Summary and Analysis
Silas is spending too much on additions to the house, and Mrs. Lapham objects. She is greatly relieved when he reveals he has loaned the remaining money he planned to spend on the house to Rogers, who wishes to invest in some business venture.
Persis also objects to Silas' plot to match Tom Corey with Irene and has forbidden him to bring Tom home; however, Lapham uses her good mood over the Rogers loan to tax her patience and brings Corey home to dinner.
As Tom leaves after a talk with Penelope and Irene, he finds himself saying, "She's charming!" and laughing out loud.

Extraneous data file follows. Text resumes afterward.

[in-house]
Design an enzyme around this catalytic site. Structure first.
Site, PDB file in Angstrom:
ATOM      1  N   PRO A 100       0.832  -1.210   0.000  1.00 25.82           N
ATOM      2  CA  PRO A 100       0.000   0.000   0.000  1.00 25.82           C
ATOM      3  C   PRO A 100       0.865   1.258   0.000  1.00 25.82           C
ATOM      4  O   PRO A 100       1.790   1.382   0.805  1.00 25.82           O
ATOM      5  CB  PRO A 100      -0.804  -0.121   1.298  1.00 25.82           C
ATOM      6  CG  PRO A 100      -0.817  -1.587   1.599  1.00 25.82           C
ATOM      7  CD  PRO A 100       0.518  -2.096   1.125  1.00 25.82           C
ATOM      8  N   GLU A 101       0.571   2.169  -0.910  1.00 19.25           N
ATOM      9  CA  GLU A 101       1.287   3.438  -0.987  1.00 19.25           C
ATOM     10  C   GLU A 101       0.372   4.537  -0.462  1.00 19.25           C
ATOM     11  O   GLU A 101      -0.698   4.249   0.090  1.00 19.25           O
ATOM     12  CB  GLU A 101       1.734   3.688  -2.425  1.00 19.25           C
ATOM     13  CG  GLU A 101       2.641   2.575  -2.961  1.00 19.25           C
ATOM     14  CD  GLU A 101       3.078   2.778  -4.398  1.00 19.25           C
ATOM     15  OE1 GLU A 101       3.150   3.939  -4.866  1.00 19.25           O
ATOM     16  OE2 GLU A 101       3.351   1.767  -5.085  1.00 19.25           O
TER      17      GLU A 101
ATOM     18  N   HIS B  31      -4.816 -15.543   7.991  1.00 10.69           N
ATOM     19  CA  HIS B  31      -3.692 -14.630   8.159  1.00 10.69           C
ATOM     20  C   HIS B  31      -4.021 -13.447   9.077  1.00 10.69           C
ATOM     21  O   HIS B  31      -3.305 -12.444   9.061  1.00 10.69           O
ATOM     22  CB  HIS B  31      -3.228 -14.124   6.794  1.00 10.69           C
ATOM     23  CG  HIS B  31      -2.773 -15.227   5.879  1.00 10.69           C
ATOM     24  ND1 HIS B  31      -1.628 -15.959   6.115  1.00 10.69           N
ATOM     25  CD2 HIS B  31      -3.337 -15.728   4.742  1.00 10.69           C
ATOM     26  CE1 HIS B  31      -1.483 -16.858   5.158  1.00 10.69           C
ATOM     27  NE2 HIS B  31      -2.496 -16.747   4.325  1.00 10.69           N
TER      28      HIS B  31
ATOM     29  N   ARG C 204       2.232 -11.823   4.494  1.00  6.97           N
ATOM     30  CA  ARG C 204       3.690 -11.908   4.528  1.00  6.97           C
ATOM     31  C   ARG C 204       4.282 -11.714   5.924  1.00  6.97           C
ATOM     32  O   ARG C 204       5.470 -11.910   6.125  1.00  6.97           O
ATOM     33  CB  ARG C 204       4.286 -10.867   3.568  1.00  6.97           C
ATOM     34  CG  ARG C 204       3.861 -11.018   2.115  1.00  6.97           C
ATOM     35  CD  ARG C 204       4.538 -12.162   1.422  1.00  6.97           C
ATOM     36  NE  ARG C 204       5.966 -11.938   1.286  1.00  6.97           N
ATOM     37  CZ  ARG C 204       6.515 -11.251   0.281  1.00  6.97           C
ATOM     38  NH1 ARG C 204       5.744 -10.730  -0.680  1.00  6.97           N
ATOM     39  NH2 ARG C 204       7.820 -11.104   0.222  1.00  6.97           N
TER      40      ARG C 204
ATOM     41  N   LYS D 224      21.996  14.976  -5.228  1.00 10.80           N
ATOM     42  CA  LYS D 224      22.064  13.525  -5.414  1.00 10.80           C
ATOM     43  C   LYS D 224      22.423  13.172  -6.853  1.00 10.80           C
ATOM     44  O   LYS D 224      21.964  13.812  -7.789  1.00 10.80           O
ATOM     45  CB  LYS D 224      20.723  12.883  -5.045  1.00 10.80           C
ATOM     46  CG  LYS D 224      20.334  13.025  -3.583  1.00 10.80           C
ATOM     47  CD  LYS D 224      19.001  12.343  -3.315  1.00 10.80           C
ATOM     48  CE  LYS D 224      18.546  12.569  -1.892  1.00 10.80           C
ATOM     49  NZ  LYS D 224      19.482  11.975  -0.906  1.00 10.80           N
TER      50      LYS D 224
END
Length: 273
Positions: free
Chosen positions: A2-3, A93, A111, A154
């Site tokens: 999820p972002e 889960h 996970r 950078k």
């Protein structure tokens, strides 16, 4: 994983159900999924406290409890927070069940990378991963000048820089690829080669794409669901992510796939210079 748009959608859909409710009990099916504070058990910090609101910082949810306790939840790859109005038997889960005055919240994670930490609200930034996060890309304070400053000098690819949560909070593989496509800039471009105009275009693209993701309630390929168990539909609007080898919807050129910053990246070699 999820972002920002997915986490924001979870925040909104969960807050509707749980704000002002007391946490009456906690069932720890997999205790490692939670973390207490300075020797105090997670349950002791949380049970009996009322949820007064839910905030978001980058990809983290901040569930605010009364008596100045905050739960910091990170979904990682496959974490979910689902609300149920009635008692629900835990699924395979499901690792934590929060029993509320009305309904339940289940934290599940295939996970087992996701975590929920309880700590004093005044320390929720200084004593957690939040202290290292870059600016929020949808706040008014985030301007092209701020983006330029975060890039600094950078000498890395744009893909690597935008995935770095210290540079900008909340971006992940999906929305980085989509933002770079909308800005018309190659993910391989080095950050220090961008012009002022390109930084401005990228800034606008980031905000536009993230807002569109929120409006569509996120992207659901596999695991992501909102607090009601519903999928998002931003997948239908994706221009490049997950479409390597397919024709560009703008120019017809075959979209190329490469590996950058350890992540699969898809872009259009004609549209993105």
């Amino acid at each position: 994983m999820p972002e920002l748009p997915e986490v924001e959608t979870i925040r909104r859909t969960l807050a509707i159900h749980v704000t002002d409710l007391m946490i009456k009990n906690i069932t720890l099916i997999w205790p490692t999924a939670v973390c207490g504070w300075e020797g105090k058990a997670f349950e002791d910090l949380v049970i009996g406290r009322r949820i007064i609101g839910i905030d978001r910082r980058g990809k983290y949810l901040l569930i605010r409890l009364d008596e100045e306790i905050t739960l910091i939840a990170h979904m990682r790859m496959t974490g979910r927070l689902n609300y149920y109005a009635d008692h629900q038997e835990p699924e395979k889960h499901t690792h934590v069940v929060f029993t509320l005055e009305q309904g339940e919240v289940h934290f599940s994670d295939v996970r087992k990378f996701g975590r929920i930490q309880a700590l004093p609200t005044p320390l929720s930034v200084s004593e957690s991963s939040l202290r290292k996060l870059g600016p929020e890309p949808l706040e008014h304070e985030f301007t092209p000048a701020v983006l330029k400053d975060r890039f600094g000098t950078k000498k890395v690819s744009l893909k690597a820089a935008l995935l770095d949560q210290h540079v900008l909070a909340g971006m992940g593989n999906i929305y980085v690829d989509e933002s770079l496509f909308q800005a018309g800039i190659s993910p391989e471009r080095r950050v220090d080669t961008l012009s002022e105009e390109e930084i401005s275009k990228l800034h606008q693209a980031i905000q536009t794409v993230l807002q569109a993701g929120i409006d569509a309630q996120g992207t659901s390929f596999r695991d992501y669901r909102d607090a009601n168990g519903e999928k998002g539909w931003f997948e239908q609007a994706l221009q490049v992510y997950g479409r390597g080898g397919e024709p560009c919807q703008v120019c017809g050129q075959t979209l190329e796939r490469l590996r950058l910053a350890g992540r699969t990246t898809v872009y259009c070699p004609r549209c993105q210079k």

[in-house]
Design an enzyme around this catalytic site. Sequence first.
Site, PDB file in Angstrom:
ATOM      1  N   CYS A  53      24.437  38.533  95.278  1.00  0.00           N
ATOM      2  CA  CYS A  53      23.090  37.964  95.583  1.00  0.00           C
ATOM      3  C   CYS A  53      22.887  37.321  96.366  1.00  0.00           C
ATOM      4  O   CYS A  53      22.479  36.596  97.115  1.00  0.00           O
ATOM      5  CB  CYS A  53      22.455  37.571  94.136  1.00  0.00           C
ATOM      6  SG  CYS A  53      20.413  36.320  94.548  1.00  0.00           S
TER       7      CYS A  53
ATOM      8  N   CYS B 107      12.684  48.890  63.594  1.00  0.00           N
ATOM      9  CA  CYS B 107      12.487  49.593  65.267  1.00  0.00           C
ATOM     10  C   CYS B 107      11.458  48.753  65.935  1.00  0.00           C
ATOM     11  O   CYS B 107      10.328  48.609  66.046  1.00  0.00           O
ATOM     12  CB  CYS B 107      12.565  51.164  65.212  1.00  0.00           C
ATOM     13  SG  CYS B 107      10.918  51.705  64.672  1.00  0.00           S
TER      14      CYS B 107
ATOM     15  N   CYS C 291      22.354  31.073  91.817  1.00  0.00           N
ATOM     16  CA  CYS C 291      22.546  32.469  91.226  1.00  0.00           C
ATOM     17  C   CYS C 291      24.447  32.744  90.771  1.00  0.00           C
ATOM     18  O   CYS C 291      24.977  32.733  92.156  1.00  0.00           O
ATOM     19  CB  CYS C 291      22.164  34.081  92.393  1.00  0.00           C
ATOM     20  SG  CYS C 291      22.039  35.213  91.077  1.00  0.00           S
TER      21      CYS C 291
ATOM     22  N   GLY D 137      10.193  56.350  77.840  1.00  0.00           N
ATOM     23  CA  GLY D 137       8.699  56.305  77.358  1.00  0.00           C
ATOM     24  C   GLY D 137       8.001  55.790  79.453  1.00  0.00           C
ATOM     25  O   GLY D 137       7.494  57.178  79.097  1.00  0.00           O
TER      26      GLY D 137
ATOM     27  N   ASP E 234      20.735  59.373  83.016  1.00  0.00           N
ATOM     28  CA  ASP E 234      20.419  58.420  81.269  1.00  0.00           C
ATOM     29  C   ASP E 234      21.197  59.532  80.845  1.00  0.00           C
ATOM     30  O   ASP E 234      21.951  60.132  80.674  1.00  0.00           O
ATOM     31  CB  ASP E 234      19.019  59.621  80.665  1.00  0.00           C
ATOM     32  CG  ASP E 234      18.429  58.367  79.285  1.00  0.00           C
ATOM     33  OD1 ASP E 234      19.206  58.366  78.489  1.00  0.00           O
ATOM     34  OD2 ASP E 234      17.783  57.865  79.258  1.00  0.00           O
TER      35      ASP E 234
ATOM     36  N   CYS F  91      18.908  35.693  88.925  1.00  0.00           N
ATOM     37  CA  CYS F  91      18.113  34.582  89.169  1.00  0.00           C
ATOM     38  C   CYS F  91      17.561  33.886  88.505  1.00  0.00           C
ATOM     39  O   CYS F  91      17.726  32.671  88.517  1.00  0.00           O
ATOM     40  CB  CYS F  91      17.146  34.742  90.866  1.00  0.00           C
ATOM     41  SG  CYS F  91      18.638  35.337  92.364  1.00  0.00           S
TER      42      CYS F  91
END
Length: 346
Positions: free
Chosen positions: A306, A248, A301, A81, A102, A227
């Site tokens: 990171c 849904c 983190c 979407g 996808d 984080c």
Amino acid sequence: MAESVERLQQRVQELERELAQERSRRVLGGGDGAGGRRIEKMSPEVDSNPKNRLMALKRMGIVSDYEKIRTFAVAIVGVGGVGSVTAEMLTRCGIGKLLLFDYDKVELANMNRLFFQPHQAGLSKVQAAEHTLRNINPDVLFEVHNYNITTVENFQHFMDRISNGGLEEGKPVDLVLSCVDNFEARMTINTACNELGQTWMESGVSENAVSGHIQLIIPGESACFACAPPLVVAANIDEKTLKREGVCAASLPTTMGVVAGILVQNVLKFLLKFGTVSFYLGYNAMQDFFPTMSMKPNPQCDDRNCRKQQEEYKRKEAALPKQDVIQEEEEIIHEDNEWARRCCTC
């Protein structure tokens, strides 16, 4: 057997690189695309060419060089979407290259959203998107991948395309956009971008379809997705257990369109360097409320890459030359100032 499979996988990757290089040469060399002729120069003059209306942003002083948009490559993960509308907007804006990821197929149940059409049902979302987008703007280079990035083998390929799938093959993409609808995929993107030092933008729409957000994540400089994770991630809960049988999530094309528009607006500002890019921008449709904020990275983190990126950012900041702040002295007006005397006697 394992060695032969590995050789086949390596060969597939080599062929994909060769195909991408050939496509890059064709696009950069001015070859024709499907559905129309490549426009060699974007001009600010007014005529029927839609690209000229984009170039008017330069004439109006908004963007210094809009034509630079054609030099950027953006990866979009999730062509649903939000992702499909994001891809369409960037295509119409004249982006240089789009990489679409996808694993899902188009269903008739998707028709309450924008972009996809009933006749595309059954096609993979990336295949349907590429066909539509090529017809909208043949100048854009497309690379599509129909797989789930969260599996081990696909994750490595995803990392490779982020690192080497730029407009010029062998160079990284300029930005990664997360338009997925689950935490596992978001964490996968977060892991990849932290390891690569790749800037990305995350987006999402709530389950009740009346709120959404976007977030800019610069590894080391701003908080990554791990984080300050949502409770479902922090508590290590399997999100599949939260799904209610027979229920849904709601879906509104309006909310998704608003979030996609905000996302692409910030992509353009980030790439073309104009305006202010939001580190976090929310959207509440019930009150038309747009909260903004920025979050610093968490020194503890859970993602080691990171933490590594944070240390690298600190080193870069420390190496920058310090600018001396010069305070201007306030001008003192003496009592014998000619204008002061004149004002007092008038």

Lapham's loan to Rogers is the beginning of his financial downfall and his moral rise. His loaning the money that would have been put into the house is not accidental. He is investing in his moral salvation by drawing from his material welfare.
Corey's condition after talking with the Lapham girls indicates that he is enchanted with one of them. Howells is careful not to reveal which one, giving the reader an opportunity to be deceived by the Laphams' notion that he loves Irene. The reader does not definitely know of Tom's true feelings until the Laphams do.